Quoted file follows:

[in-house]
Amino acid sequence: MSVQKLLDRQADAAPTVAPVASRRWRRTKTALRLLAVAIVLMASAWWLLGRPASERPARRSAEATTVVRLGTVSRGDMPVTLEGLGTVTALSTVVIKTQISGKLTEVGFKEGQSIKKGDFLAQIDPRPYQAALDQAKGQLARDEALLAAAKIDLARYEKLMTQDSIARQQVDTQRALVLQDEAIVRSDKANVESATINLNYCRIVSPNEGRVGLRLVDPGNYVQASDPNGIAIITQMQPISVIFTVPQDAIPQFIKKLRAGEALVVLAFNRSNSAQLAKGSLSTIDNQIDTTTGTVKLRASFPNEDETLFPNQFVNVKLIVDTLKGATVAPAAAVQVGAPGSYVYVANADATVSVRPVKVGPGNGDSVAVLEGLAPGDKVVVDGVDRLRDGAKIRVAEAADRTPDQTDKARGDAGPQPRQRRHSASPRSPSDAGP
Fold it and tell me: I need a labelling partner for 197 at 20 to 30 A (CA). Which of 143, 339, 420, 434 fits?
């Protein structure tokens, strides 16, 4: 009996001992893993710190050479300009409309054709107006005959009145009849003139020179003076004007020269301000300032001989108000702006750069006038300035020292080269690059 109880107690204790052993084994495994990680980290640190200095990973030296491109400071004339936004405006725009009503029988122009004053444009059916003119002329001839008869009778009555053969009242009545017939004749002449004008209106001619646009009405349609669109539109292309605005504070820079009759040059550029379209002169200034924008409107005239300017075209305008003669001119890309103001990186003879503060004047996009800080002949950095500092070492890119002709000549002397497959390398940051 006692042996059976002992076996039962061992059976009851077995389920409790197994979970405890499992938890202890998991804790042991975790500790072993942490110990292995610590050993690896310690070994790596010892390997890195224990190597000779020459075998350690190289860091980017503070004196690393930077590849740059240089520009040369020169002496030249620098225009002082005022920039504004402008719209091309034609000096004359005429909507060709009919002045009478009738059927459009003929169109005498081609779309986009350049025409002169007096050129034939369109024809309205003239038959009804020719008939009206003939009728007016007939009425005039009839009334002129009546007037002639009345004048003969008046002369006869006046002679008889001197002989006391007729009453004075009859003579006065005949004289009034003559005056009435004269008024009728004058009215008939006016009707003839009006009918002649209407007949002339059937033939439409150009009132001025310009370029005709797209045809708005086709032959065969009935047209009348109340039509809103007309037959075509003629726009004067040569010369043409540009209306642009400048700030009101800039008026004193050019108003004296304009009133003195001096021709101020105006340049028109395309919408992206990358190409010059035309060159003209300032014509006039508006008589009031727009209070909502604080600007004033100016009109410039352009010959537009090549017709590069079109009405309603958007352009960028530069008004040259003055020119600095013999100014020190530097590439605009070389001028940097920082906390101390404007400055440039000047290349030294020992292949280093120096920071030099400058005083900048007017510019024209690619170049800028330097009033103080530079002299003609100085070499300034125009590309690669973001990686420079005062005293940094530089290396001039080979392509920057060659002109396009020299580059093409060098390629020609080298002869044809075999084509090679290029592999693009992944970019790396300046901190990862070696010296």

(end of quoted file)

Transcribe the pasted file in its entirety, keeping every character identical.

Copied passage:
[in-house]
Amino acid sequence: MSVQKLLDRQADAAPTVAPVASRRWRRTKTALRLLAVAIVLMASAWWLLGRPASERPARRSAEATTVVRLGTVSRGDMPVTLEGLGTVTALSTVVIKTQISGKLTEVGFKEGQSIKKGDFLAQIDPRPYQAALDQAKGQLARDEALLAAAKIDLARYEKLMTQDSIARQQVDTQRALVLQDEAIVRSDKANVESATINLNYCRIVSPNEGRVGLRLVDPGNYVQASDPNGIAIITQMQPISVIFTVPQDAIPQFIKKLRAGEALVVLAFNRSNSAQLAKGSLSTIDNQIDTTTGTVKLRASFPNEDETLFPNQFVNVKLIVDTLKGATVAPAAAVQVGAPGSYVYVANADATVSVRPVKVGPGNGDSVAVLEGLAPGDKVVVDGVDRLRDGAKIRVAEAADRTPDQTDKARGDAGPQPRQRRHSASPRSPSDAGP
Fold it and tell me: I need a labelling partner for 197 at 20 to 30 A (CA). Which of 143, 339, 420, 434 fits?
């Protein structure tokens, strides 16, 4: 009996001992893993710190050479300009409309054709107006005959009145009849003139020179003076004007020269301000300032001989108000702006750069006038300035020292080269690059 109880107690204790052993084994495994990680980290640190200095990973030296491109400071004339936004405006725009009503029988122009004053444009059916003119002329001839008869009778009555053969009242009545017939004749002449004008209106001619646009009405349609669109539109292309605005504070820079009759040059550029379209002169200034924008409107005239300017075209305008003669001119890309103001990186003879503060004047996009800080002949950095500092070492890119002709000549002397497959390398940051 006692042996059976002992076996039962061992059976009851077995389920409790197994979970405890499992938890202890998991804790042991975790500790072993942490110990292995610590050993690896310690070994790596010892390997890195224990190597000779020459075998350690190289860091980017503070004196690393930077590849740059240089520009040369020169002496030249620098225009002082005022920039504004402008719209091309034609000096004359005429909507060709009919002045009478009738059927459009003929169109005498081609779309986009350049025409002169007096050129034939369109024809309205003239038959009804020719008939009206003939009728007016007939009425005039009839009334002129009546007037002639009345004048003969008046002369006869006046002679008889001197002989006391007729009453004075009859003579006065005949004289009034003559005056009435004269008024009728004058009215008939006016009707003839009006009918002649209407007949002339059937033939439409150009009132001025310009370029005709797209045809708005086709032959065969009935047209009348109340039509809103007309037959075509003629726009004067040569010369043409540009209306642009400048700030009101800039008026004193050019108003004296304009009133003195001096021709101020105006340049028109395309919408992206990358190409010059035309060159003209300032014509006039508006008589009031727009209070909502604080600007004033100016009109410039352009010959537009090549017709590069079109009405309603958007352009960028530069008004040259003055020119600095013999100014020190530097590439605009070389001028940097920082906390101390404007400055440039000047290349030294020992292949280093120096920071030099400058005083900048007017510019024209690619170049800028330097009033103080530079002299003609100085070499300034125009590309690669973001990686420079005062005293940094530089290396001039080979392509920057060659002109396009020299580059093409060098390629020609080298002869044809075999084509090679290029592999693009992944970019790396300046901190990862070696010296």